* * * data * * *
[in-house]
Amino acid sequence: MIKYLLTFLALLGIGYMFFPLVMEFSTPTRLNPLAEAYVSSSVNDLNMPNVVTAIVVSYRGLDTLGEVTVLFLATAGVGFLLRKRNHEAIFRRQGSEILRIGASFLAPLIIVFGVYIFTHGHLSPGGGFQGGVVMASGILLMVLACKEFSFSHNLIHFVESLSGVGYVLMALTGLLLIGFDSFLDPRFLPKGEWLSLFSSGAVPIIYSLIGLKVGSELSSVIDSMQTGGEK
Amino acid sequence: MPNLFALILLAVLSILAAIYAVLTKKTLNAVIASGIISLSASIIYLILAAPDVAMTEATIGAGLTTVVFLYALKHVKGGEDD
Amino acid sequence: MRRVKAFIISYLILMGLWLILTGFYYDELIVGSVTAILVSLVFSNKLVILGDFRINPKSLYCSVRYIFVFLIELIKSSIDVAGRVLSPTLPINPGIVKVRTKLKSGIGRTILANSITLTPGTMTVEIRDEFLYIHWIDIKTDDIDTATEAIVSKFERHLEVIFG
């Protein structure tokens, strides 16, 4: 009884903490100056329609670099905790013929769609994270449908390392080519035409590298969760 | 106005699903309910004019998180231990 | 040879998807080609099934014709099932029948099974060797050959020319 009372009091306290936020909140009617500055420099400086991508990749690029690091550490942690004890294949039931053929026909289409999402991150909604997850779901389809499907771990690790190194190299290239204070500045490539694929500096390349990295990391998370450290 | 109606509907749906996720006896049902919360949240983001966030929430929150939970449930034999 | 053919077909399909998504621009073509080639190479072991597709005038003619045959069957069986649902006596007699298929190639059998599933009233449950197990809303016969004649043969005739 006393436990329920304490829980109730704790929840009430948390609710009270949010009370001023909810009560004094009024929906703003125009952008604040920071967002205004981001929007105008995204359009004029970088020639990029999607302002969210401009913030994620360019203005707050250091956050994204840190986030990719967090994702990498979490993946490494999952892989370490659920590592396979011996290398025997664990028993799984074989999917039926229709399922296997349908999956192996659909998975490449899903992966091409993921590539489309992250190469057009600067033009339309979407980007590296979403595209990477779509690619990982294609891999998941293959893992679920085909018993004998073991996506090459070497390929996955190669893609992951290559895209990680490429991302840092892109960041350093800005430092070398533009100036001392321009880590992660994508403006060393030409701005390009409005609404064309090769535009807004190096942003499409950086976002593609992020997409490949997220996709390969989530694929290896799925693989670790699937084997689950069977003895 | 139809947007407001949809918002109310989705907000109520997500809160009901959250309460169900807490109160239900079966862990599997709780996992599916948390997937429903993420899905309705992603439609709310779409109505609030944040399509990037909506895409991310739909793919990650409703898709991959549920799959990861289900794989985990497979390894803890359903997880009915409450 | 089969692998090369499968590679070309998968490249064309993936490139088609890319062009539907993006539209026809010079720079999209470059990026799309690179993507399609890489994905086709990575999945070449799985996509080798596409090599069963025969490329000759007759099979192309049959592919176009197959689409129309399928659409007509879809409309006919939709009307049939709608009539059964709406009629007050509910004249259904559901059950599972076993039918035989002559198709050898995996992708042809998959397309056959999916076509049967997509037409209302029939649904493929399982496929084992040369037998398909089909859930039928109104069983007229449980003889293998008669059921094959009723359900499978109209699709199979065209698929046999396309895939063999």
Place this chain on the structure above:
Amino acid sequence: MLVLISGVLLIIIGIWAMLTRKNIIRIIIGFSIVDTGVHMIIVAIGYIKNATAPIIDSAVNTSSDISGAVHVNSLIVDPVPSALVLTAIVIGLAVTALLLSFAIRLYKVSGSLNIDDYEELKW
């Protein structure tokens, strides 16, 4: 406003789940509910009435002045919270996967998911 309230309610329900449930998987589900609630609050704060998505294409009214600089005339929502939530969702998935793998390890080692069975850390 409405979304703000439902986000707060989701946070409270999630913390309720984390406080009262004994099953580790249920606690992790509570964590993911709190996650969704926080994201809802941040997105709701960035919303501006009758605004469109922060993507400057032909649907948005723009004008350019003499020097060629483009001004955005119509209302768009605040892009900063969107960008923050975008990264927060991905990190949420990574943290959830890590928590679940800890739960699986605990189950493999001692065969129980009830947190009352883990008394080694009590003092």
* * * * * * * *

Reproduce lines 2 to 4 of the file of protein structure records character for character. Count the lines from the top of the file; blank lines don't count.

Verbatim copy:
Amino acid sequence: MIKYLLTFLALLGIGYMFFPLVMEFSTPTRLNPLAEAYVSSSVNDLNMPNVVTAIVVSYRGLDTLGEVTVLFLATAGVGFLLRKRNHEAIFRRQGSEILRIGASFLAPLIIVFGVYIFTHGHLSPGGGFQGGVVMASGILLMVLACKEFSFSHNLIHFVESLSGVGYVLMALTGLLLIGFDSFLDPRFLPKGEWLSLFSSGAVPIIYSLIGLKVGSELSSVIDSMQTGGEK
Amino acid sequence: MPNLFALILLAVLSILAAIYAVLTKKTLNAVIASGIISLSASIIYLILAAPDVAMTEATIGAGLTTVVFLYALKHVKGGEDD
Amino acid sequence: MRRVKAFIISYLILMGLWLILTGFYYDELIVGSVTAILVSLVFSNKLVILGDFRINPKSLYCSVRYIFVFLIELIKSSIDVAGRVLSPTLPINPGIVKVRTKLKSGIGRTILANSITLTPGTMTVEIRDEFLYIHWIDIKTDDIDTATEAIVSKFERHLEVIFG